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LA-based musician turns Golden Gate bridge into world's "largest wind instrument"

Nate Mercereau
(Image credit: Nate Mercereau)

Guitarist and songwriter Nate Mercereau turned to an unconventional source of inspiration when recording his latest EP: the sounds of San Francisco's Golden Gate Bridge.

Thanks to a quirk (or a flaw, depending on your perspective) in the design of a recent structural modification, the bridge has been producing ethereal drone sounds in strong winds. The sound has caused some controversy among local residents, who have reported hearing it from as far as three miles away and described it as something akin to "a giant wheezing kazoo". We'd say it sounds more like Eliane Radigue

Nate Mercereau, an LA-based songwriter, producer, and multi-instrumentalist, has released a collection of recordings that pair the bridge's drones with some of his own. The results are (somewhat surprisingly) impressive: Mercerau's spaced-out guitar improvisations harmonise beautifully with the bridge's natural hum.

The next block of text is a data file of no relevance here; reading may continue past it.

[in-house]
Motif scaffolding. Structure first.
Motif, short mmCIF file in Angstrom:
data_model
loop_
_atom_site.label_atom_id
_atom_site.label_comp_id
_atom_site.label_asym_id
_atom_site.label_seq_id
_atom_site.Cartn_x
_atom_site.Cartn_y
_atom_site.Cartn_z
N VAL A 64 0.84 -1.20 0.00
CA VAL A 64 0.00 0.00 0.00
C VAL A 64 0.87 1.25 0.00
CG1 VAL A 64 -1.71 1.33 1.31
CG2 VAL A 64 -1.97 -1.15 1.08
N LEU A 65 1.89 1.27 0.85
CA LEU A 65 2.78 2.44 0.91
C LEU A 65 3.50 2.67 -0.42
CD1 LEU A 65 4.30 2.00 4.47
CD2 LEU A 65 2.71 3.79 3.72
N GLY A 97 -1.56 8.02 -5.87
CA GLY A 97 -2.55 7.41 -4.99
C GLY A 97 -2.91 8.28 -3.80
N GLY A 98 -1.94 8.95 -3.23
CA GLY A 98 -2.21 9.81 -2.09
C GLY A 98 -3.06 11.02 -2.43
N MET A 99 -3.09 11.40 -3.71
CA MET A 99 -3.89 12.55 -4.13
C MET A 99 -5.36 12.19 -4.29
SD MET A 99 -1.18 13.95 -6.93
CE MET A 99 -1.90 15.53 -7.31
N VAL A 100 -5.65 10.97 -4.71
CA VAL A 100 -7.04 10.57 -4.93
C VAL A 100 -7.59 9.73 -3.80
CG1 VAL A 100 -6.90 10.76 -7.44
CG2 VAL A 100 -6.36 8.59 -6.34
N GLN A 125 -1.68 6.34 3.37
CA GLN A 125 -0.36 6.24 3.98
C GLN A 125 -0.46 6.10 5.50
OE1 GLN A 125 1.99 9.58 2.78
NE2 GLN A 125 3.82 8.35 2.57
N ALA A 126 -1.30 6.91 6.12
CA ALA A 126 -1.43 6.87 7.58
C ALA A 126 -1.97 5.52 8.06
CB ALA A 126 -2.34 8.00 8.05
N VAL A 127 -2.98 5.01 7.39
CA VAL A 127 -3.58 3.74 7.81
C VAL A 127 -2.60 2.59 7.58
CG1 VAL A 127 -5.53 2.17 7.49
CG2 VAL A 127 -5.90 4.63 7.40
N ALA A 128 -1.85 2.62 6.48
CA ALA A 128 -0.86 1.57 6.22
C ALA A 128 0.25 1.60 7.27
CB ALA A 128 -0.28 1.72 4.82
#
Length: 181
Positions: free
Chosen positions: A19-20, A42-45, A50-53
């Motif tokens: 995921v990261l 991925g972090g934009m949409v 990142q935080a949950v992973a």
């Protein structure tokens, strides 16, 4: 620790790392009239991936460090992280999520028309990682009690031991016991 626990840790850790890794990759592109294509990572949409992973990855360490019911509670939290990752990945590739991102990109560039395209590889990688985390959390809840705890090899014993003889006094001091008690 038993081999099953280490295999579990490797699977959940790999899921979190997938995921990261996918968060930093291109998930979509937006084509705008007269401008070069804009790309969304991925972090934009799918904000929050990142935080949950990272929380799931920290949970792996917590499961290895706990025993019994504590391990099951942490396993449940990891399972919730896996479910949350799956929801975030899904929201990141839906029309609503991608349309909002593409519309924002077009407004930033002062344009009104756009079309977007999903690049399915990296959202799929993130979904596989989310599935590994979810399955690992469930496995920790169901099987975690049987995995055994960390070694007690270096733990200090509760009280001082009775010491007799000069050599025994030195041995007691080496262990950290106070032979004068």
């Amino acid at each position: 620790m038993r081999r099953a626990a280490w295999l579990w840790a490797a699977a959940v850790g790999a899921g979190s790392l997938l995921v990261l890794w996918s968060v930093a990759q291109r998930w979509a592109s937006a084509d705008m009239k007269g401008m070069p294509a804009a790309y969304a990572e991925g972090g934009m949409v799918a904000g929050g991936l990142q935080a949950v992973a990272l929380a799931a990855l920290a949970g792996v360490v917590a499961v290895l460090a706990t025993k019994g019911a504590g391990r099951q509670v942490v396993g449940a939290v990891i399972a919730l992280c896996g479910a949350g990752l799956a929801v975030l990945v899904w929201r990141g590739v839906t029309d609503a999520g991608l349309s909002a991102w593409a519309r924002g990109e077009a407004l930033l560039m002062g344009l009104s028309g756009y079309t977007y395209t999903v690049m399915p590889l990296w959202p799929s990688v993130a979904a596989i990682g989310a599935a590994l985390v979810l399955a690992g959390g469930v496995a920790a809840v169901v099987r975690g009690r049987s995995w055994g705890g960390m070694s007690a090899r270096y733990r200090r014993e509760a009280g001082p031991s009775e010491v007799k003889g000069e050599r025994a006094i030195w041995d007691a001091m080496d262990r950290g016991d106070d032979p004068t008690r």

Mercereau, an accomplished musician who has worked with Jay-Z and John Legend, remarked that "there is nothing quite like hearing something so vastly large make that much sound powered by nature. The tones smear and crescendo as the wind picks up, and it gets so loud that at some points you can feel your own body vibrate with it."

If you'd like to hear the sound in person, don't delay - engineers are currently working on a solution to silence the bridge, permanently. 

Nate Mercereau's EP, Duets | Golden Gate Bridge, is out now. 

Matt Mullen

I'm the Features Editor for MusicRadar. I've been writing about (and making) electronic music for almost ten years, and when I'm not tapping away at my laptop keyboard, you'll find me behind a MIDI keyboard. 

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